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Homesick for breakup in the Arctic

  • Author: Seth Kantner
  • Updated: September 28, 2016
  • Published May 28, 2015

My daughter, China, is back East, about to graduate from one of the toughest boarding schools in the country. She's studying hard every day and getting good grades -- all the while dealing with a rough bout of homesickness. Winter wasn't so bad for her, but spring is a different story.

Here along the Kobuk, the ice is still stacked and jumbled on the riverbanks where breakup recently shoved sheets of it into the trees. Birds are singing, with sun shining most of the night, and caribou in lines are crossing the big, muddy new current. Breakup in the Arctic is an amazing season, and I sure know what my daughter is feeling, not getting to be here at home, after spending most springs of her life at our old igloo, roaming the surrounding river and tundra.

I remember that same terrible homesickness at college, down at the University of Alaska Fairbanks. As soon as the first goose arrived there at Creamer's Field I was ready to drop out -- which I did repeatedly in the 10 years it took me to get a degree. Luckily the finals used to be in early May, and as soon as the last one was done I'd buy No. 2 Remington shotgun shells, butter and lemons and book the next flight north.

I just wanted to be home when the geese got here. No grade, diploma or degree seemed quite as important. It didn't bother me a bit that the only flights were on Aurora, an airline that flew ancient Twin Beech aircraft with regular mechanical problems. In Ambler people called it Aurora Scare Service, which, as is often the case in the villages, was an accepting and humorous way of dealing with potential death. Having an engine cut out during the flight home was never news. But again, that's another story.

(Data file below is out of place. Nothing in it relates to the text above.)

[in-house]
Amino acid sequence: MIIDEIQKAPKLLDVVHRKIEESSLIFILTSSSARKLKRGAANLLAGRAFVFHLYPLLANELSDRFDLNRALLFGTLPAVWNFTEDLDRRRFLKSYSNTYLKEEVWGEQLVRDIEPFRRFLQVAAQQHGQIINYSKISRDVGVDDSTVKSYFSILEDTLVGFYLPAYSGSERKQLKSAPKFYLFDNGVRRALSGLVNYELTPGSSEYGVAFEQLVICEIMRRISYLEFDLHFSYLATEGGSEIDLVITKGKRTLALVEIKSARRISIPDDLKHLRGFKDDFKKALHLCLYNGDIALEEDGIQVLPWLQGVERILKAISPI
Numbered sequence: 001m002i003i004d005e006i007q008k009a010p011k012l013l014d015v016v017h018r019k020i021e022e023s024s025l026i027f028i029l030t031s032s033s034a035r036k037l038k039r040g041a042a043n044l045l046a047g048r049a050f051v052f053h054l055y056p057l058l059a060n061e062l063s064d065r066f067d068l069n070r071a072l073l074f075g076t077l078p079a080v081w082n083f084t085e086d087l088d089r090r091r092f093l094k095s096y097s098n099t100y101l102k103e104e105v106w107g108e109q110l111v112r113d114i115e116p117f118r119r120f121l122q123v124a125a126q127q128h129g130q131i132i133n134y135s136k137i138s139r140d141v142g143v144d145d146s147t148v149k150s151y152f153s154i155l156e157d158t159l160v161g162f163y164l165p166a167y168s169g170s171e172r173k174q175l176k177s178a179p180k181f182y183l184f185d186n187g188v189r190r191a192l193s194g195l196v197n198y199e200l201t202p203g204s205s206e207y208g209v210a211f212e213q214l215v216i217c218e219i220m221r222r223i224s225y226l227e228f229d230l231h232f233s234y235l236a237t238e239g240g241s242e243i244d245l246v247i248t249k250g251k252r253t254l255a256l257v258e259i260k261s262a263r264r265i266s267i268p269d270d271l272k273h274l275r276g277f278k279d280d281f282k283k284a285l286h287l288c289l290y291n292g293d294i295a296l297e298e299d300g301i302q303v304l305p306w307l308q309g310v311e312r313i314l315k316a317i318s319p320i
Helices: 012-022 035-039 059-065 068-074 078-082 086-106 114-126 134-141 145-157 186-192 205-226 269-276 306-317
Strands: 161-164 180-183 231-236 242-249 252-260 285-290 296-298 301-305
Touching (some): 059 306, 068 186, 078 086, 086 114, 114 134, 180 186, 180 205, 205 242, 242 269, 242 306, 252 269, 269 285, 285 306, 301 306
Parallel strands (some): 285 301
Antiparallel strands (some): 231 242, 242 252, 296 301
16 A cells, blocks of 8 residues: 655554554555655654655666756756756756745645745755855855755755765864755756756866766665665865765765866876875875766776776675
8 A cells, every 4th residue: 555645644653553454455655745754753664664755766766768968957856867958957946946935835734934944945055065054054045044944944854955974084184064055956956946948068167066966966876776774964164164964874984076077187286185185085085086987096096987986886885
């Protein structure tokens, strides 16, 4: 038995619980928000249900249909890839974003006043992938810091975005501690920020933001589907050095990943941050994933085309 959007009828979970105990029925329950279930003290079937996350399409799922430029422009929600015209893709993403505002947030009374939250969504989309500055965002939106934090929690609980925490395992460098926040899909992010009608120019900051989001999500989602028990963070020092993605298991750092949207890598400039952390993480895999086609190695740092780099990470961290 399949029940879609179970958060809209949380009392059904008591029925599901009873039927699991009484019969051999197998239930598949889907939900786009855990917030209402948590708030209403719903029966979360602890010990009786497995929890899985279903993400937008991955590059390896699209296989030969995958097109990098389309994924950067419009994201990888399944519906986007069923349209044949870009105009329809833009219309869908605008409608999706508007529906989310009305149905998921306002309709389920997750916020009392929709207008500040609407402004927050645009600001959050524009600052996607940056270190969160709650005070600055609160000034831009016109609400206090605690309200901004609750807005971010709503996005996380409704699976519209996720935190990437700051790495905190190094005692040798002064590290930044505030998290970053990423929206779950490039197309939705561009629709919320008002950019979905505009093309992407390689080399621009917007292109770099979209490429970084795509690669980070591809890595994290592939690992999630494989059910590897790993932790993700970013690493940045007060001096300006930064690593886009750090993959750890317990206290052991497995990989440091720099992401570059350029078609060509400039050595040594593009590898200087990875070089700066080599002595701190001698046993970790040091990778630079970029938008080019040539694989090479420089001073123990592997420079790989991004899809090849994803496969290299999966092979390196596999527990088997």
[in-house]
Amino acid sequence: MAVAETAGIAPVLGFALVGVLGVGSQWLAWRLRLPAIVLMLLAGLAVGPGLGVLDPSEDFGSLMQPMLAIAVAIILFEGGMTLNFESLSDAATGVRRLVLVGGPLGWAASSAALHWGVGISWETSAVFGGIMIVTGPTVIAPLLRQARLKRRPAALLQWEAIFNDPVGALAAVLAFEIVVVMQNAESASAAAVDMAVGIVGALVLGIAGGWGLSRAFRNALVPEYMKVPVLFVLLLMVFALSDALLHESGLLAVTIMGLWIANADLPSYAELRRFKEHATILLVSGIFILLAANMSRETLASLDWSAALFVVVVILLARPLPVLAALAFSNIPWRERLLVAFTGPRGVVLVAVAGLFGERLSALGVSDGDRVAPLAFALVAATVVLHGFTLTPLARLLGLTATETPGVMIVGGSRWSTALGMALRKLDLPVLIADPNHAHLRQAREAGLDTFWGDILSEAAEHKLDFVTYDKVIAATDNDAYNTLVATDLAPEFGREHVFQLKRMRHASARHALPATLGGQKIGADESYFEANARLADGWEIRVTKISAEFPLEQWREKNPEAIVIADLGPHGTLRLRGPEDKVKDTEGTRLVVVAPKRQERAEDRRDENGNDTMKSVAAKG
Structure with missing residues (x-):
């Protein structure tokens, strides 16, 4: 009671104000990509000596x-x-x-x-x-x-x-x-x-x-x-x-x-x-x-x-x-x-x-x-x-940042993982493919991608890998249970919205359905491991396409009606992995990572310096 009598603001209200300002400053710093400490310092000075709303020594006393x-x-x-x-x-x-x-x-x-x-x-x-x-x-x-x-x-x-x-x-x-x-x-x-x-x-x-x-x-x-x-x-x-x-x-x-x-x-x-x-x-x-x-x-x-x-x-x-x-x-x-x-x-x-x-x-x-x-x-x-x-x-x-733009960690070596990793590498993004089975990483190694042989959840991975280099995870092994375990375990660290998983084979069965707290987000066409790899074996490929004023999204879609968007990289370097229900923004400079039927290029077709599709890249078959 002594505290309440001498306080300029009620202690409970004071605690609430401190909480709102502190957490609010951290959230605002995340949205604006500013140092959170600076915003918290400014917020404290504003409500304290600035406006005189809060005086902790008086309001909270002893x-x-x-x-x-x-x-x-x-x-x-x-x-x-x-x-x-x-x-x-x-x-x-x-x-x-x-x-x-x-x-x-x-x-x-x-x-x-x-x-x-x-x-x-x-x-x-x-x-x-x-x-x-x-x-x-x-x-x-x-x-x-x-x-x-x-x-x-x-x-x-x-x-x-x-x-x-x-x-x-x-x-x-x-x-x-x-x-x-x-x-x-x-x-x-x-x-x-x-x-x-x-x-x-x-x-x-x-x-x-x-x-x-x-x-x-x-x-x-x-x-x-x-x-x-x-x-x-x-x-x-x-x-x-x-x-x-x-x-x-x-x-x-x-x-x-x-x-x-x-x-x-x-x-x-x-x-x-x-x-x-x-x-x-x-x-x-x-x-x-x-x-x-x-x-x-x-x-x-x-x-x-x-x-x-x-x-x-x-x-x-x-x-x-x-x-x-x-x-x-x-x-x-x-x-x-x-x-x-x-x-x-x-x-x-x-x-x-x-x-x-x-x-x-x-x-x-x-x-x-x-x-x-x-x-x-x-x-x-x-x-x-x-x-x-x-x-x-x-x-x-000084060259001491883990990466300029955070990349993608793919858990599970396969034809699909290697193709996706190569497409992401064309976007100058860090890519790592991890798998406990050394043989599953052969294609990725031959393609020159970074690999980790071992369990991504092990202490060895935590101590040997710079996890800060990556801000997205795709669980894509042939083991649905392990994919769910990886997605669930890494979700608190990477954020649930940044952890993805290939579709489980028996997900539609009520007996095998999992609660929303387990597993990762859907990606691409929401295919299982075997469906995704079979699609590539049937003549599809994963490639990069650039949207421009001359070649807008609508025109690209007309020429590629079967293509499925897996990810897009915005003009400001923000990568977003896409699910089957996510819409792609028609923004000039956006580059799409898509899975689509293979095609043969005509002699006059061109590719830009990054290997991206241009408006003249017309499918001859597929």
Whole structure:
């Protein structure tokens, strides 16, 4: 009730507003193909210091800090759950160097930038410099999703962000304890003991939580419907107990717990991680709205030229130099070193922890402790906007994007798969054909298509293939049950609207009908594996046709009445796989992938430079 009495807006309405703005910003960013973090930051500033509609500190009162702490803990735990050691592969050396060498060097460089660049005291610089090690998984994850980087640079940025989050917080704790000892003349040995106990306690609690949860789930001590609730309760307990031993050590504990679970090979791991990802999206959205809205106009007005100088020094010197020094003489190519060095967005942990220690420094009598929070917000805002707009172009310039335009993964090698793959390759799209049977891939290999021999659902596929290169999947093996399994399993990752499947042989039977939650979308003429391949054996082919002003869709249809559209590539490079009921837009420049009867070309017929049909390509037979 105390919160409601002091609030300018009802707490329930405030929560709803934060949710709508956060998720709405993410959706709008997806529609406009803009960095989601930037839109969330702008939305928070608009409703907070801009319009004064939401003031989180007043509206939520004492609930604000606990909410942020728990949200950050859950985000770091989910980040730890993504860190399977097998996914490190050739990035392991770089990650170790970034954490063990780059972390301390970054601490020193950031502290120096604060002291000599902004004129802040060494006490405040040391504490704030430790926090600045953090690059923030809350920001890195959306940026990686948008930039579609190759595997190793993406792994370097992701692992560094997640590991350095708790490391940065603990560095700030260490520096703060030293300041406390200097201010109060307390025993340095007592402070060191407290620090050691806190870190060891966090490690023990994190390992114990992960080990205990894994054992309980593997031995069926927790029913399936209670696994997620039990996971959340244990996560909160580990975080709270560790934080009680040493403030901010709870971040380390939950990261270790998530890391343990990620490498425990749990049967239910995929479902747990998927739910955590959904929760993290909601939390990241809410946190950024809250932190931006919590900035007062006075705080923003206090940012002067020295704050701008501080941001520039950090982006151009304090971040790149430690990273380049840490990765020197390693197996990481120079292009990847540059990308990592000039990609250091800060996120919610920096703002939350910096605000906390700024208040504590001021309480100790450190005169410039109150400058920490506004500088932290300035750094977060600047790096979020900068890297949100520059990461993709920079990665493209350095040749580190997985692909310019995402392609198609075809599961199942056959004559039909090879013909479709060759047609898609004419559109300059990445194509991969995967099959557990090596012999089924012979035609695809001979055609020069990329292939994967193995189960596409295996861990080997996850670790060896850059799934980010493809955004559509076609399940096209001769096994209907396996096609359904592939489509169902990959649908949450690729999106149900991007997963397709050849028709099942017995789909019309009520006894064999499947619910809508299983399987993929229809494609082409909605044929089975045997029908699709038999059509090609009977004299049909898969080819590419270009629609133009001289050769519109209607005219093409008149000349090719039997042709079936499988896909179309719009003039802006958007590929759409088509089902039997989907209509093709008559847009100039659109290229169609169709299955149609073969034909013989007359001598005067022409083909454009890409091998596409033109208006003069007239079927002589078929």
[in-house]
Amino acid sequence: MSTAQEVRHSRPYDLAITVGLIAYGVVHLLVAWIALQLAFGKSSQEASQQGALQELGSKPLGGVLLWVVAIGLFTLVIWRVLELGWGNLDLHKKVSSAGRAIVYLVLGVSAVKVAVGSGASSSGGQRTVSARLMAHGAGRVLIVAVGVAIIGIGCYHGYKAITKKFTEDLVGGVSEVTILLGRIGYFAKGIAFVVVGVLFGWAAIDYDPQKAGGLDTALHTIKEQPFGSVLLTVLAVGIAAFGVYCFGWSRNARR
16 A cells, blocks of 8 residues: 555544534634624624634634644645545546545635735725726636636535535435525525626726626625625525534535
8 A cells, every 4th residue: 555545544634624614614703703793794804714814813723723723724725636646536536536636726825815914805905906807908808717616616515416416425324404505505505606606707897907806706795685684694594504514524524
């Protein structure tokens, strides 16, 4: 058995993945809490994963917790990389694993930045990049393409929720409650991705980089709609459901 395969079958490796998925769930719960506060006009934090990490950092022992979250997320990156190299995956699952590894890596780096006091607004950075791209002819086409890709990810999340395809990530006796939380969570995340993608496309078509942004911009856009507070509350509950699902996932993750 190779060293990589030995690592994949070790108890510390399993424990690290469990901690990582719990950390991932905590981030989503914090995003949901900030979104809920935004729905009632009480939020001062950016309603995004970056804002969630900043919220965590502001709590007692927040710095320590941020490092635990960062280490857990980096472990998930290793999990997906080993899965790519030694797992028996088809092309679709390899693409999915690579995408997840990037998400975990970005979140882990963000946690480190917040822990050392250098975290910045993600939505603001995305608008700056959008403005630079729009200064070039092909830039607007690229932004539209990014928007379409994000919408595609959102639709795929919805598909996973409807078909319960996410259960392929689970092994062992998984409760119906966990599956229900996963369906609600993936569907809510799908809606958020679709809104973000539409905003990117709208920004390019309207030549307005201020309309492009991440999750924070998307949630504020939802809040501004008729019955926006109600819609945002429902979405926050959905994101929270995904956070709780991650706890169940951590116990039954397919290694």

From what China has told me, her high school -- besides being harder then the colleges I attended -- has another thing making it tough to stay in school; there at the Phillips Academy, flocks of Canada geese stroll around the lawns. China's friends don't acknowledge the birds; they just hurry on past, heading to class, lunch or their dorms. Apparently, none of the other students stare at those dark gray plump bodies, straight upright necks and black-and-white, watchful goose faces. Back East those other kids don't watch a flock glide overhead on curved wings and instantly forget about class, or what day of the week it is.

Meanwhile my daughter stops walking, and stands lost in a fog of memories of so many hunts for so many dinners -- memories of traveling by SnoGo across melting lake ice, kneeling behind homemade willow blinds, watching the sky so intently, listening intently, calling: Lonk! Lonk! Lonk!

Her friends think she's half-crazy -- suddenly crouching forward, pretending she's a caribou, meandering closer and closer to the bossy birds -- just to see how close she can approach, and to see if the geese too remember that other place, the Real World.

My wife, Stacey, is the reason China's at such a great school, studying science, genetics and other complex subjects, and on her way toward more of the same at Stanford University. All that predatory behavior -- that is my fault. I'm the reason she knows how tasty the Canadas on the campuses of America are, the reason she knows how to pluck, clean and cook them, too.

It's a strange and interesting time -- watching her pulled so strongly in two very different directions. Sometimes I feel bad and maybe mistaken for getting animals and the land so deeply lodged under my kid's skin. I don't believe this is going to be an easy century for those of us a little too addicted to spending our days surrounded by caribou, geese and other wild things, gathering our own meals. I didn't exactly intend to have my daughter turn out like me in that regard.